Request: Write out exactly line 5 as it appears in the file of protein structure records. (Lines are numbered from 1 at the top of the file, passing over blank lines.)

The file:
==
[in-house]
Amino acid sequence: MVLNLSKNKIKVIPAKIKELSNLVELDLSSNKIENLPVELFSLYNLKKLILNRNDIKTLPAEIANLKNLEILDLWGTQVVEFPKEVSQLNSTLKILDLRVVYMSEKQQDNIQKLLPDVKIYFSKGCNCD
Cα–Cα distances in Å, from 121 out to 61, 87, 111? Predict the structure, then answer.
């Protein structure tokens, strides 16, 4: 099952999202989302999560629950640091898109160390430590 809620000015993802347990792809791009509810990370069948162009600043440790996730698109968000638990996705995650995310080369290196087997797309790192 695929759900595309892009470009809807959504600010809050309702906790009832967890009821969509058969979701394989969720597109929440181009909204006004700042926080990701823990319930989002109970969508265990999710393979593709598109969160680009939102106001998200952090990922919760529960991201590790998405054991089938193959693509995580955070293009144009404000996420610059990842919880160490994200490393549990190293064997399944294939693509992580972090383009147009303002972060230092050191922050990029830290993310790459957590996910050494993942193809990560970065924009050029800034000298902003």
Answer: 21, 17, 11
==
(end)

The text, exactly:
Answer: 21, 17, 11